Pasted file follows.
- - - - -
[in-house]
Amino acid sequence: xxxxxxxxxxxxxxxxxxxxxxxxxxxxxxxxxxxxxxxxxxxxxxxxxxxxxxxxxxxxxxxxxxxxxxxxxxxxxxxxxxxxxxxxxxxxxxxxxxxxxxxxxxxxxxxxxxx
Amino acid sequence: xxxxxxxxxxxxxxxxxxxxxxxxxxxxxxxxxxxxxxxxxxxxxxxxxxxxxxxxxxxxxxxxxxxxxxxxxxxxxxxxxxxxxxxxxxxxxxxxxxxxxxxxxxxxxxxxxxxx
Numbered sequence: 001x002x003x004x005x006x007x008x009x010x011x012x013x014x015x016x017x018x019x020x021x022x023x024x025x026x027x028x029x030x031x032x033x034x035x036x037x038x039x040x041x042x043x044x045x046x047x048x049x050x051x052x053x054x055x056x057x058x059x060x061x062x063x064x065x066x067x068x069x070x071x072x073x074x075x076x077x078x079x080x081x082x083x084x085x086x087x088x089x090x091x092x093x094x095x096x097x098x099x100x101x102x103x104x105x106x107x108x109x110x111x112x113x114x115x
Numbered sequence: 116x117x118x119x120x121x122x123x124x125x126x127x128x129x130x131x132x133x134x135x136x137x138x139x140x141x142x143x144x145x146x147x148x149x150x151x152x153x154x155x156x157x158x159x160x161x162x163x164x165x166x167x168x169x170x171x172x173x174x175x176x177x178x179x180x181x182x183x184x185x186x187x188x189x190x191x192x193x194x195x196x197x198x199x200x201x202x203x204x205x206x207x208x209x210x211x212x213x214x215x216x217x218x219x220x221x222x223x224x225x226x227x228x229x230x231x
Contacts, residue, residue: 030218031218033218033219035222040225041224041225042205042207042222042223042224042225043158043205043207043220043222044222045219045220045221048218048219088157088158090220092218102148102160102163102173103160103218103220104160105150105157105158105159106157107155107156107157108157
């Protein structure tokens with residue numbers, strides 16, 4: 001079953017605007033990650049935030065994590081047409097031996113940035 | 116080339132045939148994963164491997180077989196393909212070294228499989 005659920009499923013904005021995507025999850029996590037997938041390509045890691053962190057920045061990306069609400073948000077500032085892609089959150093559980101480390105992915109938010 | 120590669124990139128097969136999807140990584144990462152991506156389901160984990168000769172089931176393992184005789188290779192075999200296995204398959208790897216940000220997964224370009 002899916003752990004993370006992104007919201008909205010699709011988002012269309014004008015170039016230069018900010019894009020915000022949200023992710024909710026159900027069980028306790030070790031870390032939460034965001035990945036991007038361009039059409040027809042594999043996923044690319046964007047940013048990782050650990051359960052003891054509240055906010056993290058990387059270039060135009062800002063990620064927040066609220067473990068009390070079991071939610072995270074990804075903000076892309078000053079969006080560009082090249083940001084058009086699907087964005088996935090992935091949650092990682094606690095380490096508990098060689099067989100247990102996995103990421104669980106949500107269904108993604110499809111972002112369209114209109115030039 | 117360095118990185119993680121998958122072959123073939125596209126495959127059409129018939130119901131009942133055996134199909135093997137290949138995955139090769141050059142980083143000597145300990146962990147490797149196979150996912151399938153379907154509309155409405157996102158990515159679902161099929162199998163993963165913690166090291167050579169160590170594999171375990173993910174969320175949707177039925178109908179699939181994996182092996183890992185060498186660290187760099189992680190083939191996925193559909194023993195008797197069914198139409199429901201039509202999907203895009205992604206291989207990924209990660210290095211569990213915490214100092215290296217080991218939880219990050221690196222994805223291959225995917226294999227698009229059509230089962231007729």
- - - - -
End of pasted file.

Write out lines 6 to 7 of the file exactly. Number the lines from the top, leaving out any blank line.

Contacts, residue, residue: 030218031218033218033219035222040225041224041225042205042207042222042223042224042225043158043205043207043220043222044222045219045220045221048218048219088157088158090220092218102148102160102163102173103160103218103220104160105150105157105158105159106157107155107156107157108157
């Protein structure tokens with residue numbers, strides 16, 4: 001079953017605007033990650049935030065994590081047409097031996113940035 | 116080339132045939148994963164491997180077989196393909212070294228499989 005659920009499923013904005021995507025999850029996590037997938041390509045890691053962190057920045061990306069609400073948000077500032085892609089959150093559980101480390105992915109938010 | 120590669124990139128097969136999807140990584144990462152991506156389901160984990168000769172089931176393992184005789188290779192075999200296995204398959208790897216940000220997964224370009 002899916003752990004993370006992104007919201008909205010699709011988002012269309014004008015170039016230069018900010019894009020915000022949200023992710024909710026159900027069980028306790030070790031870390032939460034965001035990945036991007038361009039059409040027809042594999043996923044690319046964007047940013048990782050650990051359960052003891054509240055906010056993290058990387059270039060135009062800002063990620064927040066609220067473990068009390070079991071939610072995270074990804075903000076892309078000053079969006080560009082090249083940001084058009086699907087964005088996935090992935091949650092990682094606690095380490096508990098060689099067989100247990102996995103990421104669980106949500107269904108993604110499809111972002112369209114209109115030039 | 117360095118990185119993680121998958122072959123073939125596209126495959127059409129018939130119901131009942133055996134199909135093997137290949138995955139090769141050059142980083143000597145300990146962990147490797149196979150996912151399938153379907154509309155409405157996102158990515159679902161099929162199998163993963165913690166090291167050579169160590170594999171375990173993910174969320175949707177039925178109908179699939181994996182092996183890992185060498186660290187760099189992680190083939191996925193559909194023993195008797197069914198139409199429901201039509202999907203895009205992604206291989207990924209990660210290095211569990213915490214100092215290296217080991218939880219990050221690196222994805223291959225995917226294999227698009229059509230089962231007729």